The NFL has modified its procedures in recent years for identifying and treating concussions, requiring a player with concussion symptoms to be removed from a game or practice and cleared by an independent neurologist before returning to play. The league also has attempted to reduce concussions by penalizing and fining players for hits to the head of an opponent deemed to be in a defenseless position, such as a quarterback delivering a pass or a receiver making a catch.
The players’ union has access to the same injury data.
DeMaurice Smith, the executive director of the NFL Players Association, said Thursday: “It’s a reduction in numbers. I’m not a statistician. But any person who has worked on budgets or worked on anything that we look to be quantified knows that numbers one year or one moment can go up. They can go down. The real questions are: Are the differences statistically significant? The real question, I think, is what do you take away from those changes in numbers? And yes, there has been a decrease. Frankly, I would like to see what those numbers look like over a three- [or] four-year period to make a decision as opposed to a one-year period.”
Smith said there also was a change this season to the injury management system for collecting the data.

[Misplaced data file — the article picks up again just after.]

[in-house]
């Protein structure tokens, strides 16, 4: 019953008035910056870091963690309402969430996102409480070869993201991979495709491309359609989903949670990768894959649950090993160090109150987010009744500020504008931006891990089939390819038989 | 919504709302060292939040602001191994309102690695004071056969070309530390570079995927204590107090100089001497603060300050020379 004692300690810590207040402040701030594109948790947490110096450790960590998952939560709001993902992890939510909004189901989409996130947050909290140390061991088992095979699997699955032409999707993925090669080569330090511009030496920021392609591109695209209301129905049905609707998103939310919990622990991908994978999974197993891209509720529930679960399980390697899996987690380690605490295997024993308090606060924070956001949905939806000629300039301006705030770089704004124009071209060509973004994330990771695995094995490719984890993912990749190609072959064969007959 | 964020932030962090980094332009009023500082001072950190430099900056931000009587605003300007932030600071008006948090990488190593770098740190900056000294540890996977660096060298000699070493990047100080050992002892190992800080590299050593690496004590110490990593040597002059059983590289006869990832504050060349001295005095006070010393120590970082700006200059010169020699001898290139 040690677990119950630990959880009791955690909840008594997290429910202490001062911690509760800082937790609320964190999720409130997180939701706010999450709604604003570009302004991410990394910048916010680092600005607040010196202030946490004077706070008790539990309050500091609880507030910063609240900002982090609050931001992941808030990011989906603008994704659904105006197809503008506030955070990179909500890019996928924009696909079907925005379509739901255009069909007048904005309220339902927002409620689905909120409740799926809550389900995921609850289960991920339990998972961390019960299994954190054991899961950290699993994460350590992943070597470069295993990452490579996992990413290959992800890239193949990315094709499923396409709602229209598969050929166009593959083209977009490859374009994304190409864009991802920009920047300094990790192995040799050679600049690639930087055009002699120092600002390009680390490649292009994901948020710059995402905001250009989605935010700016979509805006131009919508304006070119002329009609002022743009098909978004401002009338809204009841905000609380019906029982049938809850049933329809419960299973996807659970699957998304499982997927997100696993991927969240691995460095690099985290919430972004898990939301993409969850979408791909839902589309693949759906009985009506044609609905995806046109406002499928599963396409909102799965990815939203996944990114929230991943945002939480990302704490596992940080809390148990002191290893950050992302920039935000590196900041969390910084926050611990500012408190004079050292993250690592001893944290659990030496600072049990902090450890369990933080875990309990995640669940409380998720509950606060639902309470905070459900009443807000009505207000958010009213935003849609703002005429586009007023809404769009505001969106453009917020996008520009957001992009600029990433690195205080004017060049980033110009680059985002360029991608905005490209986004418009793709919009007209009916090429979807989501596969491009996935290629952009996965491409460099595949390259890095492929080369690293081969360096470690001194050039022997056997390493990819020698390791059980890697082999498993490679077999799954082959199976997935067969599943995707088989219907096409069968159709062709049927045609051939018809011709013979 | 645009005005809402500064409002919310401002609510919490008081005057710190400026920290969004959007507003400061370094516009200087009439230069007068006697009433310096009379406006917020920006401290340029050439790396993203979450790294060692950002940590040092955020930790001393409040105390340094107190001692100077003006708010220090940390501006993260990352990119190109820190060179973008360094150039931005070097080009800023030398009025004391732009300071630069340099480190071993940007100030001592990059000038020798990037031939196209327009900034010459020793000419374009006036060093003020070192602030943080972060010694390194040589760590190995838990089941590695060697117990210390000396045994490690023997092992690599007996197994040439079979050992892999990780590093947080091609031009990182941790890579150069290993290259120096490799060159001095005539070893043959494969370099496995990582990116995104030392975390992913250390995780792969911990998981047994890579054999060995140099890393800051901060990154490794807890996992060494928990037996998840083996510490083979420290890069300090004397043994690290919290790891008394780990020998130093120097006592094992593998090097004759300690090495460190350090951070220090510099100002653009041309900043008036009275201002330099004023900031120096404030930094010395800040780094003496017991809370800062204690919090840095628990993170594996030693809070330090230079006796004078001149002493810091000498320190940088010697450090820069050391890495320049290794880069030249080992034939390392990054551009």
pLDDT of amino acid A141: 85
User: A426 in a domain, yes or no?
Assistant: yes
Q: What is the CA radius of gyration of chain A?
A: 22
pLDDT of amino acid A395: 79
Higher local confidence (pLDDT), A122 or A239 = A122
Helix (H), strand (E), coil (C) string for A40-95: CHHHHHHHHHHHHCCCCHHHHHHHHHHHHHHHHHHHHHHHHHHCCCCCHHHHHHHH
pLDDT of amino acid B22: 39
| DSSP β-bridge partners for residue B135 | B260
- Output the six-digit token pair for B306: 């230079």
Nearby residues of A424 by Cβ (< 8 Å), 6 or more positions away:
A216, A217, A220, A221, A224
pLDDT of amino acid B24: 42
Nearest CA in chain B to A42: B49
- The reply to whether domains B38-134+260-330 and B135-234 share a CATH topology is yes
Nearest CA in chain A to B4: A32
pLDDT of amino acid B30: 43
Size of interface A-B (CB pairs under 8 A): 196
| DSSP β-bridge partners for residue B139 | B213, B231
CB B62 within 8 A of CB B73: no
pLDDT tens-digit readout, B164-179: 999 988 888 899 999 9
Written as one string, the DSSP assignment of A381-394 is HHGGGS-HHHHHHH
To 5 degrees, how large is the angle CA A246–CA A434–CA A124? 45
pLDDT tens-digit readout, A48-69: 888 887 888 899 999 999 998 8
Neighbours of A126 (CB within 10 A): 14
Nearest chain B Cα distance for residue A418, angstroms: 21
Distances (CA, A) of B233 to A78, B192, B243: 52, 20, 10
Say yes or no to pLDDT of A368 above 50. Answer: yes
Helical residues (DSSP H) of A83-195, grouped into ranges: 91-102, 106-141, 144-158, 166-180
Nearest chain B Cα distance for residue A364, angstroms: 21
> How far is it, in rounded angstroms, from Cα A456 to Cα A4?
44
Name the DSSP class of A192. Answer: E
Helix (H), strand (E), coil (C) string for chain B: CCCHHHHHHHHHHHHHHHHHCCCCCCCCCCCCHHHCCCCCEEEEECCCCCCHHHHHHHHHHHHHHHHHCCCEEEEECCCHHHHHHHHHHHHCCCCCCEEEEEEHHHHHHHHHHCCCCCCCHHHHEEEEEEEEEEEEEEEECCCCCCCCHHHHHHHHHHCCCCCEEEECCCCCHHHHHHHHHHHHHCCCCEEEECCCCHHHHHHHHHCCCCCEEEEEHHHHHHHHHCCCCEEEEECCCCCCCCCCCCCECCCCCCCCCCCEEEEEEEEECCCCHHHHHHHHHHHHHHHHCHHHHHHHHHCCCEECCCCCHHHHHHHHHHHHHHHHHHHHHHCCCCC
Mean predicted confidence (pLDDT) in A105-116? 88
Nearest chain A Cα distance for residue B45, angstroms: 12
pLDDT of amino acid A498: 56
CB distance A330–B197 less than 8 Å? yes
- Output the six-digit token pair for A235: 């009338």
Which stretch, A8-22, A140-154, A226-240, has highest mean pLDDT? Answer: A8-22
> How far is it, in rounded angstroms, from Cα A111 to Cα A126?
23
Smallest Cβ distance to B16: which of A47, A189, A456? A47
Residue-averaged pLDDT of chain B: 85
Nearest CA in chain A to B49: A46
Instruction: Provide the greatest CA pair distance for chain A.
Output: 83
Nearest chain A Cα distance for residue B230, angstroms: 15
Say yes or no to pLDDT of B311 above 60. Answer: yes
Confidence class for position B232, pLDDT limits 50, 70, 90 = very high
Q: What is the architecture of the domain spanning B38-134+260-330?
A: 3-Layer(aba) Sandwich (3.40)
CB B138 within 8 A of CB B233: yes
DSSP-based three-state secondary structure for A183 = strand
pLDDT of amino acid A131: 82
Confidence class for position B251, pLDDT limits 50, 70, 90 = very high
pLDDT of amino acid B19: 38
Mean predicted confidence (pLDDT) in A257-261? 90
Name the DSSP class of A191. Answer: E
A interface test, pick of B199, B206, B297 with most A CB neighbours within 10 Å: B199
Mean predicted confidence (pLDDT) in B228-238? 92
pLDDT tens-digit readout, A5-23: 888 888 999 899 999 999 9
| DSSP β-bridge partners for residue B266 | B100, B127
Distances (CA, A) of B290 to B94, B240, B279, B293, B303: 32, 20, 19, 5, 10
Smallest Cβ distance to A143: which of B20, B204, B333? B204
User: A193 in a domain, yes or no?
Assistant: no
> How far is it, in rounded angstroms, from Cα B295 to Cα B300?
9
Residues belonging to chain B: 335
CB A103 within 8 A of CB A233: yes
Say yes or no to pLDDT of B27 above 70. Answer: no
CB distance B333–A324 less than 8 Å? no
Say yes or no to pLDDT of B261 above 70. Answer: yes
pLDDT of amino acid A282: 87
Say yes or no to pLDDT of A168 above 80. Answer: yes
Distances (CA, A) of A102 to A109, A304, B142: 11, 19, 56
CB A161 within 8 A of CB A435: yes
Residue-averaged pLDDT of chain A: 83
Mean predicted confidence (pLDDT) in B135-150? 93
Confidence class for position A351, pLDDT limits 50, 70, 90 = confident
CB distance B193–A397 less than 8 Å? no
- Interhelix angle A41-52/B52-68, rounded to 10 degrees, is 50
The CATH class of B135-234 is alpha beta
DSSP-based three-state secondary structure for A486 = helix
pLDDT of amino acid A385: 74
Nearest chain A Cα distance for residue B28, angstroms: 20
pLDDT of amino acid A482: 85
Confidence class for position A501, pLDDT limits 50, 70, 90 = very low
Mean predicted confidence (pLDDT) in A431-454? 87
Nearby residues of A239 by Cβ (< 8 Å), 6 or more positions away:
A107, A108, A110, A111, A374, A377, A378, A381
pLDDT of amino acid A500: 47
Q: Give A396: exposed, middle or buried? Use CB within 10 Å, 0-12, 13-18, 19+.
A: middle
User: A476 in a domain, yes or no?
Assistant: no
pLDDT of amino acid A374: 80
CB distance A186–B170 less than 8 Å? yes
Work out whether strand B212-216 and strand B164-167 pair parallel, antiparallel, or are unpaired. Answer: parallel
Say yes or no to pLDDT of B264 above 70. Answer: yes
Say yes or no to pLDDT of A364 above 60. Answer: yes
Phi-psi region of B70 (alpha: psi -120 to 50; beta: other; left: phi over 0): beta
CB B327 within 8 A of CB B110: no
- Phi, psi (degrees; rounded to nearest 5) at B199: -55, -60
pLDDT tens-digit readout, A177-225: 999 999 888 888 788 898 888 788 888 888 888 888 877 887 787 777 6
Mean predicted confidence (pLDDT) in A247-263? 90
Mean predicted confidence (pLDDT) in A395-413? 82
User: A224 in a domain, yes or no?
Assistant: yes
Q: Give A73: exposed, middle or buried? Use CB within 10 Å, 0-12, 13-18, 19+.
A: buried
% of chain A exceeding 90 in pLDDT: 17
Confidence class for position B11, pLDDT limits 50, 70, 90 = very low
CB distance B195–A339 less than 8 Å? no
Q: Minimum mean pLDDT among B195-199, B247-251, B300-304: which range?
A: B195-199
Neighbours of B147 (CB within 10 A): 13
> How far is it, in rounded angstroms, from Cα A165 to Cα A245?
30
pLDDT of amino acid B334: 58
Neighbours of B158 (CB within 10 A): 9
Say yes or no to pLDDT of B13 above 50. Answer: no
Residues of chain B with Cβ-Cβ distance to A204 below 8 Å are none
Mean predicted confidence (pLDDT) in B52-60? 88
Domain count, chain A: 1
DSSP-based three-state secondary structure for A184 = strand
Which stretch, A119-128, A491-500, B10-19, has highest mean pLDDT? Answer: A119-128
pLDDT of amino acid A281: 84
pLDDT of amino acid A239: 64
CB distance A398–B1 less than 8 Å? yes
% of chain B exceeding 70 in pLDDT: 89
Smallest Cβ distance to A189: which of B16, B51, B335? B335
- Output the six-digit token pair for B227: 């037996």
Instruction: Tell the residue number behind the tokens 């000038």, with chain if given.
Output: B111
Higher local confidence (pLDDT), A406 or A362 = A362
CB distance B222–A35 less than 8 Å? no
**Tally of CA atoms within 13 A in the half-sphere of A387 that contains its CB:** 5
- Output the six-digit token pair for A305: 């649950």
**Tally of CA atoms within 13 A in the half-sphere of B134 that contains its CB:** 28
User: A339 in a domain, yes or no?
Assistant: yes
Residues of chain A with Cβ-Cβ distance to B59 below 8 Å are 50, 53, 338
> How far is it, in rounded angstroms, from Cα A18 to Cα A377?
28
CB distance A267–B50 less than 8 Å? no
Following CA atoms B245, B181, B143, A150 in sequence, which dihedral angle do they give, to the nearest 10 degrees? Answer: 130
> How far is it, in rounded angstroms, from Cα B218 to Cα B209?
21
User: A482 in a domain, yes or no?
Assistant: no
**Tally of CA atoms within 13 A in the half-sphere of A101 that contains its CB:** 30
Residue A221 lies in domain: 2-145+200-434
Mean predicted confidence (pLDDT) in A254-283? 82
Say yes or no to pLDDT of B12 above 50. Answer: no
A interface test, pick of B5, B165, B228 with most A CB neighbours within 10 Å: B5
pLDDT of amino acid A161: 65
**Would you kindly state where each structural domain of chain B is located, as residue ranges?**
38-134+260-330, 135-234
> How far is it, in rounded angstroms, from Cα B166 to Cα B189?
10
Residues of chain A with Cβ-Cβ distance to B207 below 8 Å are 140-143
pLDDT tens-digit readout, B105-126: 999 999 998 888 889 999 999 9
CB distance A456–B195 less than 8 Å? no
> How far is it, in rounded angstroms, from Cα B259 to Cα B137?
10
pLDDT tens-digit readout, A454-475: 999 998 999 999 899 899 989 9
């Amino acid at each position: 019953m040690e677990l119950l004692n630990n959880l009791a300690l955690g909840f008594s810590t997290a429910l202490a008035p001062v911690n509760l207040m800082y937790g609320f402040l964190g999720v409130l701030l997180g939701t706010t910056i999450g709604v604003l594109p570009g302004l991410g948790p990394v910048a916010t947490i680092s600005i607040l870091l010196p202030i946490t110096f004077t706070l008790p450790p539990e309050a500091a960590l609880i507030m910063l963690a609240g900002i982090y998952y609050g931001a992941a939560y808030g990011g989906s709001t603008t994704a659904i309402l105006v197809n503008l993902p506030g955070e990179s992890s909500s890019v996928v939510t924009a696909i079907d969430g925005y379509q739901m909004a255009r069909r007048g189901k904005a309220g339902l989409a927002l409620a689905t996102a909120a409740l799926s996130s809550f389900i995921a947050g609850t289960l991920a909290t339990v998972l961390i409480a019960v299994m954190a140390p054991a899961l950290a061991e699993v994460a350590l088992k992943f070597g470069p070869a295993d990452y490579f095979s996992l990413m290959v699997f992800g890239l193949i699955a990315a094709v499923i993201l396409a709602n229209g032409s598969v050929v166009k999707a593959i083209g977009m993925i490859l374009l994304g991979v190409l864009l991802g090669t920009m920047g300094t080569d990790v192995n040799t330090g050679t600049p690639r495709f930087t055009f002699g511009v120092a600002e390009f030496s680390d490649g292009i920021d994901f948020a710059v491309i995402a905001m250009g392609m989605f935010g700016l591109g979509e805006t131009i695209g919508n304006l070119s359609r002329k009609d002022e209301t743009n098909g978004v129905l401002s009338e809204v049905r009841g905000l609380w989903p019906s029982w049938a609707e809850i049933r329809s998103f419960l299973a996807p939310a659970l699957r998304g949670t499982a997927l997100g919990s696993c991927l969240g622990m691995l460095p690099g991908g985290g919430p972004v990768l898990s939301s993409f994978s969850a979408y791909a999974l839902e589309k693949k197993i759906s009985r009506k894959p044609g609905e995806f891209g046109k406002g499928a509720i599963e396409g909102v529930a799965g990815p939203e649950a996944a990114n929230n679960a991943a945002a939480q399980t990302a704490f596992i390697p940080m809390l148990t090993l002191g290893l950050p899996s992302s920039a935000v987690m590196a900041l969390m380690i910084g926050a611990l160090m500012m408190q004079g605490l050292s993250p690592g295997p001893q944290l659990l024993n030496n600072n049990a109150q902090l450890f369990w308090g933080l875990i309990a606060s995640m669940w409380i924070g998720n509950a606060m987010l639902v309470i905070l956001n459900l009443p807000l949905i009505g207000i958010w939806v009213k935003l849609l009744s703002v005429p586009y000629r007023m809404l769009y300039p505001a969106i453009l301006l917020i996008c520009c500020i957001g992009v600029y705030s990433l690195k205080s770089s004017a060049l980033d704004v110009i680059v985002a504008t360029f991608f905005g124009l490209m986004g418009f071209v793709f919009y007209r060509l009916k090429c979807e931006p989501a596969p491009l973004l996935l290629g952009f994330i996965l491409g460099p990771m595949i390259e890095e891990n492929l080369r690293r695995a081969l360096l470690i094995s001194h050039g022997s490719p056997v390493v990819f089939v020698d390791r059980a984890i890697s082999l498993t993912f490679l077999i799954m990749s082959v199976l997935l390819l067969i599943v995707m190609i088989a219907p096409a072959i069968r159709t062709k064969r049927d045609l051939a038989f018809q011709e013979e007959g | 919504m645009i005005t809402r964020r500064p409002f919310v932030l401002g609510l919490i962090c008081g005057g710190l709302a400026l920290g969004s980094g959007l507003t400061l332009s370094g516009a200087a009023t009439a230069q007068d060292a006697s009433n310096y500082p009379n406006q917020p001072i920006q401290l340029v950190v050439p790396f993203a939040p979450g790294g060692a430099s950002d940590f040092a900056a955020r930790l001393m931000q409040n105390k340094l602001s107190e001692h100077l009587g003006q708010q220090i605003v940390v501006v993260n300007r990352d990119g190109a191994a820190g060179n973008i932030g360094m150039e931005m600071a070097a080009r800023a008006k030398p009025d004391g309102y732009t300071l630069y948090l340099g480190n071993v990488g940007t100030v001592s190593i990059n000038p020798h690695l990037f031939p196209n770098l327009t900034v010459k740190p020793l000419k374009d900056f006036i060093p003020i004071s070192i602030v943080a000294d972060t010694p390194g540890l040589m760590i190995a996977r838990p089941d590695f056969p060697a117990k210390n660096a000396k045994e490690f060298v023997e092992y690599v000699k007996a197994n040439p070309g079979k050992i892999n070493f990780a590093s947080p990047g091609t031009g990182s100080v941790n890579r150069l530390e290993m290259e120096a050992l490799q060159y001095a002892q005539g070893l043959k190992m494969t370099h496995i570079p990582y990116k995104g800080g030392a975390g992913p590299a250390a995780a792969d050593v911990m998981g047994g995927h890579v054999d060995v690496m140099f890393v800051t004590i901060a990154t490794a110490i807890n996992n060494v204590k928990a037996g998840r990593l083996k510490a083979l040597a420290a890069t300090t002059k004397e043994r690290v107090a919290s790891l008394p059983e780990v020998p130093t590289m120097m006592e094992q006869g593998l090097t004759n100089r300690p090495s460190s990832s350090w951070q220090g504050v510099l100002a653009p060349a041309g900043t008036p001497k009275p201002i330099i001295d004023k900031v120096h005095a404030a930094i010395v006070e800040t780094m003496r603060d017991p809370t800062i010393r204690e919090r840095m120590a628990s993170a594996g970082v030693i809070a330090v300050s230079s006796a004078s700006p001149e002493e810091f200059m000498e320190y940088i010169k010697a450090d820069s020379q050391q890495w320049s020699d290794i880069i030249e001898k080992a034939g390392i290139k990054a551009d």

“I think it’s important for us to know whether a difference in that system might have caused a difference in the reporting…. We’ll crawl through the numbers during the offseason and take a look,” Smith said. “But this was the same way that we didn’t instantly react to an increase in injuries at the earlier part of the season…. As the weeks went on, the numbers normalized. And that’s because that’s what you do. You engage in a process to measure numbers over a period of time in order to define or discern what the right conclusions are.”
Earlier this month, a federal judge declined to grant preliminary approval of a $765 million settlement between the league and former players who sued over concussions, asking for more financial analysis of the proposed settlement.
The league’s injury data released Thursday indicated that anterior cruciate ligament injuries to players’ knees also were down this season. There were 57 ACL injuries this season, compared to 63 such injuries last season, according to the data. Injuries to the medial collateral ligaments in players’ knees remained roughly the same, according to the data, with 133 such injuries this season after 132 last season.